There are many astonishing supporting and cameo performances in this criminally underrated 88 minute film of genius from Kevin Smith, with Melissa Leo as "Sara" the true stand out. Her joint scene with daughter "Cheyenne" (a brilliant Kerry Bishe') is equal parts stunning, frightening and scary as hell. Cheyenne's role develops with the film, but Melissa Leo as devoted family Matriarch Sara is brilliant and fully deserved an Oscar nomination that sadly wasn't forthcoming. "Sheriff Wynan" is brilliantly played by Stephen Root, "Abigail" (Betty Aberlin) a church member forever knitting and praying in the congregation is excellent but as are the many cameo roles within the church itself including "Caleb" (Ralph Garman), "Mordechai" (James Parks) and "Esther" (Jennifer Schwalbach Smith). Away from the church is another brief cameo for a returning Kevin Pollak as "Brooks" and last but definitely not least is John Goodman as ATF Agent "Joseph Keenan", who (as ever) excels, especially in his quieter, more measured moments. A picture of poise, deliberation and dedication, It's a wonderfully understated performance. All of these superb performances pale in the shadow of Abin Cooper, and an astonishing performance from Michael Parks.

Abin Cooper 
(Michael Parks) The Pastor of the Five Points Trinity Church, and a performance from Michael Parks that was unbelievably overlooked for an Oscar nomination. Seemingly gentle and smiling, yet with a building and brooding menace as the minutes tick by, his southern USA accent a drawl and sometime unintelligible. Parks is just a brooding fire, building and building and it's the performance highlight of a fantastic career. Parks clearly gave this everything, leaves nothing behind and it really shows. Everything is there, pacing, dancing, singing, admonishing, shouting, extolling, and his use of gestures and body language are sublime. His opening sermon, brilliantly written, but expertly performed is a joy. The sermon itself is shot from numerous angles and cut to give wide shots of the church and congregation, from above and below Parks, close up and extreme close up. An often used shot is from below, looking up at Parks with the Trinity Church cross directly above his head. His opening sermon is dissected below:

Cooper's sermon and Michael Parks' performance opens as per picture opposite, a slightly obscured over the head shot of the sparse congregation enjoying a joyous session of community singing and soon the camera swings gently onto Cooper's smiling and happy face. This is reflected in his congregation all of whom are happy and joyous but more importantly in awe of their Pastor. The congregation is small but a tight knit band of multi generational families and numerous children all hanging on Pastor Cooper's every word of scripture. His Sermon opens with a continuation of his smiling and content appreciation of their singing, their togetherness as a Church and their recent picket of a funeral that gained national coverage. Striding gently across the stage the camera cuts between a genteel Cooper and his congregation and a real warmth and togetherness is evident, as is the continuing jokes and smiles and involvement of the children as one is seen to show their Popeye muscles and another, in a brilliant juxtaposition of the situation, mouths "I'm a good climber". The juxtaposition continues as the smiling and happy congregation continue even as a young man in a cage nearby shouts "Will somebody please let me the fuck out of here". "Satan" is silenced with an electric cattle prod and the Sermon commences in earnest.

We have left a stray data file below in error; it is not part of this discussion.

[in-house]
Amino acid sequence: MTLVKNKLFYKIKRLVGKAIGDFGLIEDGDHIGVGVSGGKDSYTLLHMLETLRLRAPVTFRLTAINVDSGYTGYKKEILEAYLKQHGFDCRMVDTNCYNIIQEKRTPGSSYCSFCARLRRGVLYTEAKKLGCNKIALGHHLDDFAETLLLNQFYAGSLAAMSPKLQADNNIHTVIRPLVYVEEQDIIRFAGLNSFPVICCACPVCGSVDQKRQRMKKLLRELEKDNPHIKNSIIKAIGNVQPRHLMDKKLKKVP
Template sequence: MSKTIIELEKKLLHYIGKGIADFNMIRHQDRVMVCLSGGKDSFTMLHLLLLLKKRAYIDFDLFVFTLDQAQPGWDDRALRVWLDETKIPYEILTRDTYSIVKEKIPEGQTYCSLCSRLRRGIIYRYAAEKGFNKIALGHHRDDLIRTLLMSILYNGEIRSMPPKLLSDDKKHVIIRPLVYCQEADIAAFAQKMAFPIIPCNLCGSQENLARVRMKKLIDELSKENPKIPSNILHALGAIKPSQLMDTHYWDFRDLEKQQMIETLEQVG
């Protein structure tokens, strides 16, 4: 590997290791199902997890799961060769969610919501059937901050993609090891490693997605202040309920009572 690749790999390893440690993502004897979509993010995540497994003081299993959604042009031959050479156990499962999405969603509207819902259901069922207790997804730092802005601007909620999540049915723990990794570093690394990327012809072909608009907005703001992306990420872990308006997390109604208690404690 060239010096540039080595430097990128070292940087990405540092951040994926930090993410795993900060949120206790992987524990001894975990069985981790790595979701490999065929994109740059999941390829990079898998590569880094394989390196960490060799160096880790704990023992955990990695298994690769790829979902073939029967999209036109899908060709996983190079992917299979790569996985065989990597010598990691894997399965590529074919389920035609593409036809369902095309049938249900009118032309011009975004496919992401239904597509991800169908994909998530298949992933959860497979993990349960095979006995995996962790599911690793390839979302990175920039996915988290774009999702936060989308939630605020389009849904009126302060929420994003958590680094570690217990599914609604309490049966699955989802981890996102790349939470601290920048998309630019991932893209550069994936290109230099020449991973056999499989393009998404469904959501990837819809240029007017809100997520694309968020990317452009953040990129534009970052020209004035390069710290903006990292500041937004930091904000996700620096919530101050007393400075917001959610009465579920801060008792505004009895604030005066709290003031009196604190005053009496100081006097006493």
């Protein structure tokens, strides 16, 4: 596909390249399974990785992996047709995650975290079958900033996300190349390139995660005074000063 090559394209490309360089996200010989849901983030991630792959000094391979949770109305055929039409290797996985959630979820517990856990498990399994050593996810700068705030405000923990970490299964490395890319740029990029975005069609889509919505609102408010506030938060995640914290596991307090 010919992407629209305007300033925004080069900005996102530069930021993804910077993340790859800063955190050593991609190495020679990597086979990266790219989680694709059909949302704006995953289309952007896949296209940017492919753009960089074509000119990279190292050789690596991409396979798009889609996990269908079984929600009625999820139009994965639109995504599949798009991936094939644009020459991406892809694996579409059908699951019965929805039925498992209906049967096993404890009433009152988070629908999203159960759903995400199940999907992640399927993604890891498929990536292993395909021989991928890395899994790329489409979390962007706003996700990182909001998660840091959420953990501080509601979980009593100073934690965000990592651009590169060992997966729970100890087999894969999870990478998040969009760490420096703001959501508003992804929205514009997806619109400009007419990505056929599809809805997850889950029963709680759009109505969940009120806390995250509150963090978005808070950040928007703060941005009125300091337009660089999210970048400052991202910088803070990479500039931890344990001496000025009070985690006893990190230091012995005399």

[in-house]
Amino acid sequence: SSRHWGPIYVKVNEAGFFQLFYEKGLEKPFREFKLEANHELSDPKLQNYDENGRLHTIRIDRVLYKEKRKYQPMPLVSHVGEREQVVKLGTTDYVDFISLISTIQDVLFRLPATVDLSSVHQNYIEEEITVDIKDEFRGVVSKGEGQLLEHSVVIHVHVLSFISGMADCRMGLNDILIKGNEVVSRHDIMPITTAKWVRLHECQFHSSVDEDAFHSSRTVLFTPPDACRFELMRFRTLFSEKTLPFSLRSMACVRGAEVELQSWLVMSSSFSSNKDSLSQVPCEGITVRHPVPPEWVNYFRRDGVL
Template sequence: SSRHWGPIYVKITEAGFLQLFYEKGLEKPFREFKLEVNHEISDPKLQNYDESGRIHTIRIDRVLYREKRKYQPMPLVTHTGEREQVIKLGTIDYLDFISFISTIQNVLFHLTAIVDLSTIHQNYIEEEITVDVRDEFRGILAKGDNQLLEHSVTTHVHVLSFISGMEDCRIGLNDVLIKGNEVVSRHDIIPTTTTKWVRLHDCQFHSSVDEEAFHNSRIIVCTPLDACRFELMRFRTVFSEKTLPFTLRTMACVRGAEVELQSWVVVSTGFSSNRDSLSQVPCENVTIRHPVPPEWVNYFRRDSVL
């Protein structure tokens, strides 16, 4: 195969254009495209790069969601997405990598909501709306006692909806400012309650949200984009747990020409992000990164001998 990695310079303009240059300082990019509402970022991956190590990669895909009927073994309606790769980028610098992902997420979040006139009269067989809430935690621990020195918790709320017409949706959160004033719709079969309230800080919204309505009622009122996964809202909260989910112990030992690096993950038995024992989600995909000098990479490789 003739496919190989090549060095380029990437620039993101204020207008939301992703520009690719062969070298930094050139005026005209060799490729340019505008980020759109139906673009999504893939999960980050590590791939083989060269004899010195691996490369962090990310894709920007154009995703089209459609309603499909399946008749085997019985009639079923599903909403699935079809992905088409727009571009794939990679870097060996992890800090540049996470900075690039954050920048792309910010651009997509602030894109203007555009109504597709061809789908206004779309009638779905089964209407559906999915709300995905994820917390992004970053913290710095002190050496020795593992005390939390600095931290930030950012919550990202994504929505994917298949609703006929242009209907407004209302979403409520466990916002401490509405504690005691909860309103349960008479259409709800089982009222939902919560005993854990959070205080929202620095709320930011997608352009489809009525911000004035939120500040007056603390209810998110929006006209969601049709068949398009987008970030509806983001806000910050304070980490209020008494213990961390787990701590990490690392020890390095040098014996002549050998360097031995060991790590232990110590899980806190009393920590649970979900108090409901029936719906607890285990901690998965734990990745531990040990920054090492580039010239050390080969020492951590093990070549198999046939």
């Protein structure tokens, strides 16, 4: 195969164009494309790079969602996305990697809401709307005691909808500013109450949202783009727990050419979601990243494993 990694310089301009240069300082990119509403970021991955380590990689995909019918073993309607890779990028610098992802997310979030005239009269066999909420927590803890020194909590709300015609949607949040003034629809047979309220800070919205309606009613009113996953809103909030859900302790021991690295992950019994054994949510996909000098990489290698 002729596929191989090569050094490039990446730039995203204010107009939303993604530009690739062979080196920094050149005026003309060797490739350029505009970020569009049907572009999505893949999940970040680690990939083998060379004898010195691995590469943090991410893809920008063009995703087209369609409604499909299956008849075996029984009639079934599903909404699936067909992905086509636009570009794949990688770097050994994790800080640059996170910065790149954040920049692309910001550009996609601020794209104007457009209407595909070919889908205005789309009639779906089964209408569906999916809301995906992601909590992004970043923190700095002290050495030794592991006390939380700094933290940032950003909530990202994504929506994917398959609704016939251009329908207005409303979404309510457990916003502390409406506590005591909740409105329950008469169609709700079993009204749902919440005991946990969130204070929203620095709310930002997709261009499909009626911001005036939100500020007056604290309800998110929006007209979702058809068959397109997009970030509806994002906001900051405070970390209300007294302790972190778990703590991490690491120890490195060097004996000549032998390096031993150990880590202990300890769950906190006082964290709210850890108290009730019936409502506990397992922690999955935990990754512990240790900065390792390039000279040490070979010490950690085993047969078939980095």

"Welcome Family!" continues Cooper, now always shot with various Five Points Trinity Church crosses behind him and nearly always from below looking up and often in extreme close up. You are drawn to Michael Parks' eyes continually as he continues to stride gently but with purpose across the stage. Referring again to "scripture" and Noah's flood ridding the world and starting again, Cooper continues to engage with his congregation as he preaches about preparing for the future and of people practising carnal sins against God's wishes. A child responds with "Amen Grandpa" before Sara exclaims "Preach it Daddy" as Cooper, his smile and genteel approach now replaced with a snarl, continues to preach on "sins", homosexuals and tellingly "I fear God. You better believe I fear God". Varying between wide armed gestures and arms crossed indignation, Cooper builds his sermon to a frightening level of intensity, lamenting continuously the world's "wickedness" and sins as Sara again, looking to the Heavens and to her Father proclaims again "Give us some knowledge Daddy. Give us some knowledge".

Forever flicking between righteous anger and indignation, and singing, dancing and smiling with his congregation Cooper (a wider shot encompassing the entirety of the stage of the various Crosses behind him) circles a tall object draped in a white sheet, secured to one of the many crosses. He refers again constantly to homosexuality, wickedness and sins against God's wishes and "rampant fornication" before, his Sermon building to a crescendo, referring to paedophilia, pestilence, plagues and typhoons before tellingly reinforcing his view of an "End of Times". The white sheet behind him moves slightly and with various cuts we see the young man now awake in the cage and frightened out of his mind. "Cheyenne, you mind taking the children out of the lessons because it's gonna get grown up in here".